In the spotlight: new business models
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Partner, Firmwide Management
Partner, Firmwide Management
Dr Daniel Diemers
Dr Daniel Diemers
In February 2011, in three episodes of Jeopardy, an IBM computer called Watson managed to beat two human contestants who had previously won record prize money on the American quiz show. In Jeopardy, contestants are presented with answers in different categories, and the winner is the player who manages to formulate a suitable question for a given answer more quickly than the others.
Watson is a well-known example of new approaches in the field of artificial intelligence. In most cases they involve semantic search engines that can grasp the meaning of a question more or less instantaneously. This kind of artificial intelligence can be very useful in many different areas. For example experts hope that soon it will be possible to develop individual cancer therapies tailored precisely to specific patient characteristics. ‘Robo-advisors’ – applications giving investors computer-generated and computer-supported financial product recommendations – are already a reality.
Artificial intelligence is a dramatic illustration of the way assumptions that used to be taken for granted – for example about what constitutes economic activity, how knowledge is exchanged, or how humans communicate – can be radically undermined. In the future, machines will no longer substitute for human labour merely by automating simple routine tasks; increasingly they’ll be competing directly with modern knowledge workers. Highly skilled employees will have to think about whether their current skills will still be in demand down the road, or whether they’re going to have to completely change the contribution they make to value creation.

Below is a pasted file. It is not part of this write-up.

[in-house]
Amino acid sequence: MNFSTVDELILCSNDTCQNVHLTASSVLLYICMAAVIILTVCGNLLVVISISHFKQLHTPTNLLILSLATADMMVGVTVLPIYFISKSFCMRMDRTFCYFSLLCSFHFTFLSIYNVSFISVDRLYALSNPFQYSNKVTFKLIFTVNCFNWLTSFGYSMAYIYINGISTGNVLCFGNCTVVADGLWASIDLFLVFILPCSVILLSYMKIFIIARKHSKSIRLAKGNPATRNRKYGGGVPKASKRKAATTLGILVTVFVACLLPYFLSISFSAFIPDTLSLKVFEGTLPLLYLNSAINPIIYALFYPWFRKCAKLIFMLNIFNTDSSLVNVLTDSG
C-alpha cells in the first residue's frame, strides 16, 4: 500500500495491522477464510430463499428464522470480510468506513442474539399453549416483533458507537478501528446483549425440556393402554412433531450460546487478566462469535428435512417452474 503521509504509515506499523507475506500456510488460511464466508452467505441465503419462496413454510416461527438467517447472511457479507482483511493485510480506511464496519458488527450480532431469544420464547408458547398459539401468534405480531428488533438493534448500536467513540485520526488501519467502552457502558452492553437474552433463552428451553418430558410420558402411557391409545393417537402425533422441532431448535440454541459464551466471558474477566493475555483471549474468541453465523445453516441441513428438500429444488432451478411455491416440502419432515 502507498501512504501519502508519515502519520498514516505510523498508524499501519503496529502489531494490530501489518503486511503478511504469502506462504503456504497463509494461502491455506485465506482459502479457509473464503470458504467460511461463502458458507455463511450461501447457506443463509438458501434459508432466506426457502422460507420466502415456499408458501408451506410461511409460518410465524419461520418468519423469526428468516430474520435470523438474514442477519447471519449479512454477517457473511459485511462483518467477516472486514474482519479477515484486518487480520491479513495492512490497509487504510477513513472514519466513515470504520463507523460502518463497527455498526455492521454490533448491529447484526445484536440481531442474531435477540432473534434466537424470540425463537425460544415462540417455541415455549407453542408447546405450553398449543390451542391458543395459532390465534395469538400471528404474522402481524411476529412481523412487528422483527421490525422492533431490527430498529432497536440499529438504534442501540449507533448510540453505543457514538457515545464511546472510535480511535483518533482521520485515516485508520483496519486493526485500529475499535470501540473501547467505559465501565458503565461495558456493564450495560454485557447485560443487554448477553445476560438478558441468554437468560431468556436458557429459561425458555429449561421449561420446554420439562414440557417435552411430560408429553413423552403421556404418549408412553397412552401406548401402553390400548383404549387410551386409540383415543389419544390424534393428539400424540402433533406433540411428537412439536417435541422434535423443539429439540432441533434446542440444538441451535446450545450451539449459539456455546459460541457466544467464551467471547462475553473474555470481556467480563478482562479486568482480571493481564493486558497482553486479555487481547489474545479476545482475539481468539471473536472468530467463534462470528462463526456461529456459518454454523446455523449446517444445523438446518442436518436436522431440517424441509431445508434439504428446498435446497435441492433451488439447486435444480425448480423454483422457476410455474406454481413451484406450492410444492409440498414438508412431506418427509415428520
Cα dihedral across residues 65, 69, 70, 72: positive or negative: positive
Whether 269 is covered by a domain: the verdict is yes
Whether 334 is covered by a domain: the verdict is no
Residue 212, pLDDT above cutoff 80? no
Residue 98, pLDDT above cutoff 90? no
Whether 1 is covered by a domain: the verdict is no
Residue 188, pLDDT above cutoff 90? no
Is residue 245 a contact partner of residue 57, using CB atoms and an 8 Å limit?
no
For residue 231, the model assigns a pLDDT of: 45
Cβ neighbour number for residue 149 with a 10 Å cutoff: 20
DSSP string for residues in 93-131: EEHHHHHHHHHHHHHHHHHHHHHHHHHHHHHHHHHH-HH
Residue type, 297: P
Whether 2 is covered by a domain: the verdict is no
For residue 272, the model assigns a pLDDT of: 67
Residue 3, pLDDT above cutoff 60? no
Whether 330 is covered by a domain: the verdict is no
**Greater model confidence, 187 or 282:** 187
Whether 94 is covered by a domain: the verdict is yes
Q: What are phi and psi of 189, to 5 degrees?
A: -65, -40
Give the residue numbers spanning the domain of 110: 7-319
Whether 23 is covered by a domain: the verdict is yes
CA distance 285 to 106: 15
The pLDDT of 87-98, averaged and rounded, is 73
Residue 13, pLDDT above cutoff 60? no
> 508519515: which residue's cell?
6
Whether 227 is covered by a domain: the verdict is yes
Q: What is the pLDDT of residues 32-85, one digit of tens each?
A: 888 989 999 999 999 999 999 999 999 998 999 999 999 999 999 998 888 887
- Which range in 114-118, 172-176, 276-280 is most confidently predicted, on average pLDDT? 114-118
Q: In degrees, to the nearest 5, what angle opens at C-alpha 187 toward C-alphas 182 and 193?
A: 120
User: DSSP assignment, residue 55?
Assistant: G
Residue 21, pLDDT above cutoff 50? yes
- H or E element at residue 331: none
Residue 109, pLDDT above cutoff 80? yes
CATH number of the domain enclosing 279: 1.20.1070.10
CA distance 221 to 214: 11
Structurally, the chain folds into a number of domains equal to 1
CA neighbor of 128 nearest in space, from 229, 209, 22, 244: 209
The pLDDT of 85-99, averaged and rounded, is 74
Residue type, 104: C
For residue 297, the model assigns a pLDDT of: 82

The idea of business model transformation emerged at the end of the 1990s. As elements of information technology combined with traditional workflows, existing approaches to doing business were increasingly called into question. Innovative managers sought and found new, different ways of running their business and making it more efficient and effective.
A business model can only ever be an approximation of the actual organisation of a company or its entire value chain. Essentially it consists of three components:
It’s not just digitisation driving the transformation of existing business models; other profound global factors are involved as well. These megatrends include a rapid process of urbanisation, comprehensive demographic change, a shift in the world’s political and economic centres from the West to Asia, and the increasing scarcity of resources. As a result of these megatrends, customer needs are evolving, potential is emerging for new, innovative business processes, and people’s willingness to pay for products and services is changing.
Far-sighted directors and executives have strategic monitoring and early warning systems in place that allow them to observe megatrends and assess whether their current business model will still be viable in its present form three to five years from now.
Far-sighted directors and executives have strategic monitoring and early warning systems in place that allow them to observe megatrends and assess whether their current business model will still be viable in its present form three to five years from now. If they conclude that transformation is necessary – which currently is the case in many industries – they can develop a new vision or target image of their future business model. This consists of more than just a vague description of what is to come. Above all it has to show whether the planned transformation is incremental or radical in nature, in other words whether it will involve continuous change or a revolutionary new beginning affecting at least a part of the organisation’s business.
This vision forms the basis for defining the transformation scope, clearly describing the tasks and extent of the planned transformation project and laying down what’s not going to be changed. Often, business model transformation projects founder because of exaggerated or imprecise expectations. It may be that management wants to change too much or fails to demarcate the project clearly. Besides defining the transformation scope, it’s also important to define measurable key performance indicators. And the measures that will be used to quantify the achievement of these objectives also have to be decided.